For an alternate point of view, see: “Point: Parents Must End the Teachers Unions’ Stranglehold on Education”

In 1958, three years after the Brown v. Board of Education order to integrate American schools, the Texas legislature debated a plan that would offer vouchers to parents who opposed the idea that their children would learn in diverse racial settings. Echoing similar efforts throughout the U.S. South, the Texas bill left no ambiguity about the voucher’s purpose. “Such aid,” the legislation read, “should be given only upon affidavit that the child was being withdrawn from the public schools due to the parents’ dislike of integration.”

That voucher bill failed, and 67 years later—70 years this month after the Brown decision itself—Texas still has yet to pass a voucher system. But I think about this piece of legislation every time I hear the claim, from Donald Trump on down, that vouchers and related school choice bills are “the civil rights issue of our time.”

No. They are not.

In the early days of modern voucher systems that use taxpayer funds for private K-12 tuition—1990 through roughly 2010—vouchers were largely limited to students in a handful of urban settings like Milwaukee, Cleveland, and Washington, D.C. That fact, combined with firm albeit slowly lifting caps on income for participants, meant that vouchers went disproportionately to children of color.

A handful of studies through 2002 showed those students realized some academic gains as a result. Over the past decade, however, as vouchers expanded into statewide systems in places like Indiana, Louisiana, Ohio, and again in Washington, D.C., those results became negative—catastrophically so. How bad? In Louisiana, for example, students who used a voucher to transfer from public to private school suffered academic declines more than three times what Hurricane Katrina did to test scores for students who survived that calamity. And like Katrina’s victims, Louisiana’s voucher users at that time were disproportionately Black.

The main culprit was the fact the best-run private schools didn’t take vouchers or the students who had them at the time. Louisiana’s system pushed students of color largely into D and F-rated private schools, and the results showed. That’s why I’ve called vouchers the education equivalent of predatory lending: all promise, no results.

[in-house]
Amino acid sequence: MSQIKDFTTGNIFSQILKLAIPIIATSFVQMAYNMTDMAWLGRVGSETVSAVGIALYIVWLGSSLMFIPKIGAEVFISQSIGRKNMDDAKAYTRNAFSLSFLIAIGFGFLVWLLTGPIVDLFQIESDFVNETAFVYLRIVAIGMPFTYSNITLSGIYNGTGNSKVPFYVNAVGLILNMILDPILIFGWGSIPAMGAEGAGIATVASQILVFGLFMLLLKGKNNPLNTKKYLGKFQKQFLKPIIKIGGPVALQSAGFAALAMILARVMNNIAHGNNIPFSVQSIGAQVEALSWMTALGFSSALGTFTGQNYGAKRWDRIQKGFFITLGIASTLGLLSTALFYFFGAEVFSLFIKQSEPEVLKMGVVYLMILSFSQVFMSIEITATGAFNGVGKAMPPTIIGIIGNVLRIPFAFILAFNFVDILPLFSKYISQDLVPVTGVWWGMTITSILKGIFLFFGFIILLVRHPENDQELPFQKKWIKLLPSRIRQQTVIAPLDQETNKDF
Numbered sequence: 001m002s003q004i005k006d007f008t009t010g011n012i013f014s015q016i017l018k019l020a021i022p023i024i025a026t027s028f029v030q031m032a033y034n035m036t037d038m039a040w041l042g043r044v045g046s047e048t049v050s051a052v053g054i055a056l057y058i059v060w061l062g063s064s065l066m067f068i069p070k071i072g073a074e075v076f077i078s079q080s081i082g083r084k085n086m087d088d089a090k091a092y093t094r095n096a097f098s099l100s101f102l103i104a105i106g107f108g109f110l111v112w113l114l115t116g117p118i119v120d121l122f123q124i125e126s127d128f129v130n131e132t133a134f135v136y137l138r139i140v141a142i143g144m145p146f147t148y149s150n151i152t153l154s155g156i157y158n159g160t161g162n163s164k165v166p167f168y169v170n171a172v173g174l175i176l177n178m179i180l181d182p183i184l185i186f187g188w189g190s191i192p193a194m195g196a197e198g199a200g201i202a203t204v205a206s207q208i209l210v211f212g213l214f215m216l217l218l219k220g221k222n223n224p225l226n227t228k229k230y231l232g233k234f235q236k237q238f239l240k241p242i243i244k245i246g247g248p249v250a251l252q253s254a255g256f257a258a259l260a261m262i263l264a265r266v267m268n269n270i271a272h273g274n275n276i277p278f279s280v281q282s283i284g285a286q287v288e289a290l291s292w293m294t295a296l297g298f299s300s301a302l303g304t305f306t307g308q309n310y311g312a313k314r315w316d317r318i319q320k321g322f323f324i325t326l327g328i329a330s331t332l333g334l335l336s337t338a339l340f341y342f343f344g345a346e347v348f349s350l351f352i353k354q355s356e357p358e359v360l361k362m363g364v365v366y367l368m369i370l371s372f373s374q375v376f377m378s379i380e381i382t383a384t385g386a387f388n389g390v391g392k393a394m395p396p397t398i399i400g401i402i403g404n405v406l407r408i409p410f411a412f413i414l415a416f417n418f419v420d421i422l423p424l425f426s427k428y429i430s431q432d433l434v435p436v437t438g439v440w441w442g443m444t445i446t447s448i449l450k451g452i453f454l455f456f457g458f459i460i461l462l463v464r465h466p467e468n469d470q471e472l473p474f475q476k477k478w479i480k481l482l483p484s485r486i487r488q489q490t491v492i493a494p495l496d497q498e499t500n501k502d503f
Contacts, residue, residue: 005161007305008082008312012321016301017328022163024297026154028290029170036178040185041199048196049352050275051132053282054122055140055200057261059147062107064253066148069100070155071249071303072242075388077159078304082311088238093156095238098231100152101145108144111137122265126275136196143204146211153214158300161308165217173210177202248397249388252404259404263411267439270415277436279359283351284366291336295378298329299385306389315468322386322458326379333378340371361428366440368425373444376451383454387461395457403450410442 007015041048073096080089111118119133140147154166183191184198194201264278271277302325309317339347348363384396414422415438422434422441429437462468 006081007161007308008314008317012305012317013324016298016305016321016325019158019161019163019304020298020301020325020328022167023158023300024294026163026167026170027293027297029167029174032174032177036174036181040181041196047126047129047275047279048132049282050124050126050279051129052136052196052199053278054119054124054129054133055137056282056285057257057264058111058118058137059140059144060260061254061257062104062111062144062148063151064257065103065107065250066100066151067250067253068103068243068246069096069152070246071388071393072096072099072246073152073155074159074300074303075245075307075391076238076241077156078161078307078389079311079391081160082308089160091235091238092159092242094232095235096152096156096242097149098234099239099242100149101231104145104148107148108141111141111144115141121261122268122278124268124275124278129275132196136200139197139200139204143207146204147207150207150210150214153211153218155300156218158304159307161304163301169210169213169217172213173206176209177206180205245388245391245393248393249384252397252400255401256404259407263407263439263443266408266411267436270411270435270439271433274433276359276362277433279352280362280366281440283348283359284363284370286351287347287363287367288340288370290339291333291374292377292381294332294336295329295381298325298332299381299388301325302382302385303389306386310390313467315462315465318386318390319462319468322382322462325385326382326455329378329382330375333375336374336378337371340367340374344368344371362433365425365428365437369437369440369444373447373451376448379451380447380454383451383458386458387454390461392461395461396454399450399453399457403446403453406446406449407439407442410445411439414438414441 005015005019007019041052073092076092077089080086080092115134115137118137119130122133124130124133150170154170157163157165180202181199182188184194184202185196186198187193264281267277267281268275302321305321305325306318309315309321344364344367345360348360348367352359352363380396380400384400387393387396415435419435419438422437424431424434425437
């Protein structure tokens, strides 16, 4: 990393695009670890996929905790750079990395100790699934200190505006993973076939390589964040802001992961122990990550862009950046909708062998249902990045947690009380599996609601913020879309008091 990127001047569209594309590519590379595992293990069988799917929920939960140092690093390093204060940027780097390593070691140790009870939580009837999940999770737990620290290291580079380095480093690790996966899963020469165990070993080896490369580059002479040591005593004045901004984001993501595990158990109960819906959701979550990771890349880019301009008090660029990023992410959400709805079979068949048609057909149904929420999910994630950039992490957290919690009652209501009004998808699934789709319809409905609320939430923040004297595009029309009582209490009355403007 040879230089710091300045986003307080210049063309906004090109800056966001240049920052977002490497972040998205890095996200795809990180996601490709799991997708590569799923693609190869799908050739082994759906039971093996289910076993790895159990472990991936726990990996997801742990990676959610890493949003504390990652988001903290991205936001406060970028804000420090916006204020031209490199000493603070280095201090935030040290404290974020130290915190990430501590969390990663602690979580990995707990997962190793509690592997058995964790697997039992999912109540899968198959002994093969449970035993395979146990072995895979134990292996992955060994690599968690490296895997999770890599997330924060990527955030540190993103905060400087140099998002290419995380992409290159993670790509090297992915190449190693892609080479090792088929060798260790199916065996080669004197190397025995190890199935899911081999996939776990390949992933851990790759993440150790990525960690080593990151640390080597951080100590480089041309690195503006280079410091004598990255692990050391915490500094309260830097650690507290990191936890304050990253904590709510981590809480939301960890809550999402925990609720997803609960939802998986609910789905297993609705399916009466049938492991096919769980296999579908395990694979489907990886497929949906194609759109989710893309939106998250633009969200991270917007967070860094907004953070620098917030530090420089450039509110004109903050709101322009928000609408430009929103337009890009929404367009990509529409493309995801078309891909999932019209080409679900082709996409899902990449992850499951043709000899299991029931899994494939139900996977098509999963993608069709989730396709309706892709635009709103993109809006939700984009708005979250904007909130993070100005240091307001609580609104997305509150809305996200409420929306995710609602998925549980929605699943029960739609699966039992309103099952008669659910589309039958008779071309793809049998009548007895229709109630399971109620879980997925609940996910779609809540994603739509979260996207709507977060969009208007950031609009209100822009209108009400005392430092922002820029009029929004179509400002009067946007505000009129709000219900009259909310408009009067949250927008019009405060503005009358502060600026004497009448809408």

Today, however, as voucher systems grow in number and in scope, those warning signs for children of color are changing into something else. With income caps lifting, and now 10 states and counting with “universal” vouchers for all children, the vast majority of new users are White and coming from wealthier communities. We’ve seen this pattern in new data from Ohio and North Carolina, as well as in Arizona.

There’s strong evidence that most of these students were already in private school even before getting the voucher. And new data shows many private schools simply raise tuition further once taxpayers begin picking up some of the tab through the emerging voucher system.

Even when they do use vouchers, students of color are disproportionately likely to leave their private schools—either because they are pushed out or for some other reason. These students are also the most likely to be struggling academically. What this means is that vouchers may provide a temporary coupon to change schools but are hardly a long-term solution to problems of racial inequality that persist across schools and communities.

Beyond the data, it’s important to note that many of the same people pushing the claim that vouchers are a civil rights issue, are also those who want to ban teaching about racial inequality in public schools. Florida Gov. Ron DeSantis, who signed the nation’s largest voucher bill last year, has also repeatedly insisted that slavery had some benefits for African Americans. In Arkansas, home to some of the most important moments in actual civil rights history, the same legislation that created vouchers in that state also put strict new limits on the teaching of race in public schools—and removed African American History from the state’s list of approved AP courses.

All of this simply means that when we look beyond claims and slogans about vouchers providing a new civil rights agenda, the results suggest entirely the opposite.

Saying something doesn’t make that something so.